liberals - always asking others to do their homework - google it yourself if you are actually curious.

LOL You just might want to "google" it yourself. There are many choices there. So which Ref did you use? Or are you making up your own numbers again. And by the way You are totally way off base calling me a liberal! Just because some of us don't drink the Conservative coolaid and only see with blinders on doesn't mean we are liberal. So do yourself a favor and cut the so called insults. You just might be seen as more credible and not as pure raving lunatic

do you own homework - LIBERAL !

So I guess this means your making up your own numbers again and trying to state them as "facts". I do have to give you credit for the laugh.

Not sure why Mark Sanford made this list. Compared to Bill Clinton, he was a saint. Moreover, it was one woman, a woman he called a "soul mate". Clinton had a shameful affair with a naive intern and several other affairs for decades. He is so protected by progressives that they say that his sex life was his business. Never do progressives ever mention how weak Hillary was to stay with him, yet they pine over her as a future leader of the free world. Stunning hypocrisy.

Miz Hillary. remember how she was not going to stand by her man and stay at home and bake cookies, She is like many feminists. All hat and no cattle. All about women having choices, and be equal. yet she put up with her husband cheating on her for years, and had no shame when her daughter had to put up with that in her first year of college. Dragged her through the mud, because she could not leave her husband. That was a great message to pass on to your daughter.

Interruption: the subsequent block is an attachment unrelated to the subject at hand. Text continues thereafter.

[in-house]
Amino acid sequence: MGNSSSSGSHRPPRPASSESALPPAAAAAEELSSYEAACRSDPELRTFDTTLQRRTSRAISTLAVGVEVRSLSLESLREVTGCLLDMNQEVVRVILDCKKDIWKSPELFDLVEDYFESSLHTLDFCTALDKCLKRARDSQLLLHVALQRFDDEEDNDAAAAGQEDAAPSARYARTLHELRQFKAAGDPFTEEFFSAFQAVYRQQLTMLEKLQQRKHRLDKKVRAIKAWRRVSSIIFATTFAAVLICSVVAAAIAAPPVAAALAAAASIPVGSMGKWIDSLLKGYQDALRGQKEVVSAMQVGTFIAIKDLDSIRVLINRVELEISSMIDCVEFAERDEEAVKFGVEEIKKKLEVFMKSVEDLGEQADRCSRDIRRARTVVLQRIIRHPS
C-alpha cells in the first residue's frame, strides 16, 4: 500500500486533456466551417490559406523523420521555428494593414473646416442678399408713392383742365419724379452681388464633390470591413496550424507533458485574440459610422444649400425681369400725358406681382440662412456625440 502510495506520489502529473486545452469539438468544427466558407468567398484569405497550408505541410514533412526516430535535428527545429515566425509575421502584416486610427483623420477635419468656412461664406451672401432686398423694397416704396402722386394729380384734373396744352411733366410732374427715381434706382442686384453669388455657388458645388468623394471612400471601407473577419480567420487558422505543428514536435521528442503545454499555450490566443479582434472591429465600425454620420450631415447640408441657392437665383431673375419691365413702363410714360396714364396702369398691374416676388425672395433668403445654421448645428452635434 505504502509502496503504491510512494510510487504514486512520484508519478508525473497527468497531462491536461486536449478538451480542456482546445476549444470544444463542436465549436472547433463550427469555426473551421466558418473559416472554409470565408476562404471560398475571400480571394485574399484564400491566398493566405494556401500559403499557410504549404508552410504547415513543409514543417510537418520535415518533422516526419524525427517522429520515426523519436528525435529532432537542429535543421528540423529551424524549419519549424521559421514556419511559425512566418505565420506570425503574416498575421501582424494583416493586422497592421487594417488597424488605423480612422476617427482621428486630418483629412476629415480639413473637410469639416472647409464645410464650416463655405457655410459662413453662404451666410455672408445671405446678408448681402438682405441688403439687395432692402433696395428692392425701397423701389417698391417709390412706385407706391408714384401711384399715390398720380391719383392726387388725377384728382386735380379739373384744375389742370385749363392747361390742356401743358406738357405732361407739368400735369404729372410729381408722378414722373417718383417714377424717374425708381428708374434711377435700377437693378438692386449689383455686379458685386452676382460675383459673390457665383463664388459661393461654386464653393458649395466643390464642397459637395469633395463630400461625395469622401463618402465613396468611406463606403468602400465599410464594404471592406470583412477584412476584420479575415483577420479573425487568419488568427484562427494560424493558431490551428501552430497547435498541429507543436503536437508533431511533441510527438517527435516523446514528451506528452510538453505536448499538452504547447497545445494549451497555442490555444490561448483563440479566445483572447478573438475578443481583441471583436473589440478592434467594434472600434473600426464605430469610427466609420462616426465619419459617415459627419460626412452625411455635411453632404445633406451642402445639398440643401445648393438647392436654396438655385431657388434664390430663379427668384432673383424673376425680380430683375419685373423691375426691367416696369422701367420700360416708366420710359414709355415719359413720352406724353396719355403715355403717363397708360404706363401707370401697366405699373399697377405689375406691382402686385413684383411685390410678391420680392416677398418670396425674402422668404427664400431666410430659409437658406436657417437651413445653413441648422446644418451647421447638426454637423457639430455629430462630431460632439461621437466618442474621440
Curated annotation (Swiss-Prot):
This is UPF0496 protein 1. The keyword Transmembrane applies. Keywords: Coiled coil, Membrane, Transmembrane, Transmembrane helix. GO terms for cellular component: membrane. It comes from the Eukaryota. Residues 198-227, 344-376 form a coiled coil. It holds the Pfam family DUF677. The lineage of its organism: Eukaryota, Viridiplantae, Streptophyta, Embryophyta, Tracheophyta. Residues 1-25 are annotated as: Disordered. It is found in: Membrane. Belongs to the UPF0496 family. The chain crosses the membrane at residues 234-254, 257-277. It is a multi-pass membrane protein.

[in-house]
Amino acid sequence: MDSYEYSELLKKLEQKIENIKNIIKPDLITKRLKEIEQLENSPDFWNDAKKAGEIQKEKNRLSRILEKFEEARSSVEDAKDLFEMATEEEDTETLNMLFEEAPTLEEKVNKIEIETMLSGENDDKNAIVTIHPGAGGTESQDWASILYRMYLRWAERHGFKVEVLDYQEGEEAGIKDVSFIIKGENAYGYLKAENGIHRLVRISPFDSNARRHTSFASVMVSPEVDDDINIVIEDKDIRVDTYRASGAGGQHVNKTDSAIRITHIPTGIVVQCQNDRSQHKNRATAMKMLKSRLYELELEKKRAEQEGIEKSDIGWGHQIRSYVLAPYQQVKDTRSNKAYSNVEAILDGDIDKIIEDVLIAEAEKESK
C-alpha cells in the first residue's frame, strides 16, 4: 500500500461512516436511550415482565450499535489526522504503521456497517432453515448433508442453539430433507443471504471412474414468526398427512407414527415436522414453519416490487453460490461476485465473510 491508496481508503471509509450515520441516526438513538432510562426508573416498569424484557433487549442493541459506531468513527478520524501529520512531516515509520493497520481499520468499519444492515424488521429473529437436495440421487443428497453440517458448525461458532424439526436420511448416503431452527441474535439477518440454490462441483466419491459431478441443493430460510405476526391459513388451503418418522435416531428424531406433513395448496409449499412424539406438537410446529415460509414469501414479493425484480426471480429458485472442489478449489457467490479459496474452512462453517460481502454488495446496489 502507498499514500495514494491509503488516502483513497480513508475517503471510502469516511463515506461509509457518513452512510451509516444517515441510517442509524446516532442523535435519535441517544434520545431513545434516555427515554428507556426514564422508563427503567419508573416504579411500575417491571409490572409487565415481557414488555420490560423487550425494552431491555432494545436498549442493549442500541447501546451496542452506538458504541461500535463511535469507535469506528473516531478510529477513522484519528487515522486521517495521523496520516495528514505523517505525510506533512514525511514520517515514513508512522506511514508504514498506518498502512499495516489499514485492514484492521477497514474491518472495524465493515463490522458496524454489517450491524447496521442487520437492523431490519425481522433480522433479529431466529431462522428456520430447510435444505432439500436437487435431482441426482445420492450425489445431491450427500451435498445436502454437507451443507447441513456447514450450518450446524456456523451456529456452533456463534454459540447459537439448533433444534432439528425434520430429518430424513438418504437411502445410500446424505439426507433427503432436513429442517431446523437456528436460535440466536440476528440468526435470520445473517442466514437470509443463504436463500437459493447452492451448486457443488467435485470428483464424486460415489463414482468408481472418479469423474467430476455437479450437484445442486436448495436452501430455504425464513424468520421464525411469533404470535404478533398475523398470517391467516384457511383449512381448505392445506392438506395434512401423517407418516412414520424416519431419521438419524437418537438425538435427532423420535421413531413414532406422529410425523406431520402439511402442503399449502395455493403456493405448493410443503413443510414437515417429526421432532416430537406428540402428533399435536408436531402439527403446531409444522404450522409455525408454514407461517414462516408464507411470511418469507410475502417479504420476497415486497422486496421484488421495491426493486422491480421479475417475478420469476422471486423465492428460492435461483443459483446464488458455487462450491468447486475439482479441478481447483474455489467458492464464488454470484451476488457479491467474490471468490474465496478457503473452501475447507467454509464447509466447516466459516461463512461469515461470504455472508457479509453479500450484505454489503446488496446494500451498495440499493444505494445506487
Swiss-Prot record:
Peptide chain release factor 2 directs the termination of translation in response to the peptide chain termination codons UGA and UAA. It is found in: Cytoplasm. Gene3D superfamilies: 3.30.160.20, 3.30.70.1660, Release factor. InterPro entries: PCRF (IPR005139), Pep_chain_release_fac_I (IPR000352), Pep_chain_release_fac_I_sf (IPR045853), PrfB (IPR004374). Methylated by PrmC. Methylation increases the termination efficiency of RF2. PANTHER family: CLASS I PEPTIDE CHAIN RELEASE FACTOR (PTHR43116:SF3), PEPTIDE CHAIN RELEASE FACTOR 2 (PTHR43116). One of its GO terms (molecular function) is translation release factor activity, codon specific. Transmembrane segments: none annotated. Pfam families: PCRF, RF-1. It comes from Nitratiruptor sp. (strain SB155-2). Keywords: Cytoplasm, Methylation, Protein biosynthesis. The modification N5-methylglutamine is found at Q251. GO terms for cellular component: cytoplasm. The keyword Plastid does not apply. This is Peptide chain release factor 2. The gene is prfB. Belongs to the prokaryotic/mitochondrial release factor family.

Yet, somehow Mark Sanford was so much worse. Or Chriis Christie is so much worse. John Corzine should be spending time behind bars but in the case of that 1%'er the Democrats have no issue. Like Terry Macauliffe who made ill begotten gains in the dot.com bubble and no one mentions it on the Left.

With the Clintons, it is all about power and politics. She stayed with Bill for her own benefit, expecting to occupy the White House again some day. Not that she is at all qualified to do so. But she may be a strong woman practicing what progressives would criticize in a man.....opportunism. We need less of those egos in Washington and a few more down to earth folks. As far as Chelsea, hopefully she did not marry a man like her father and hopefully she will not be destined to repeat the same mistakes. What I have found is that traits like that run in families.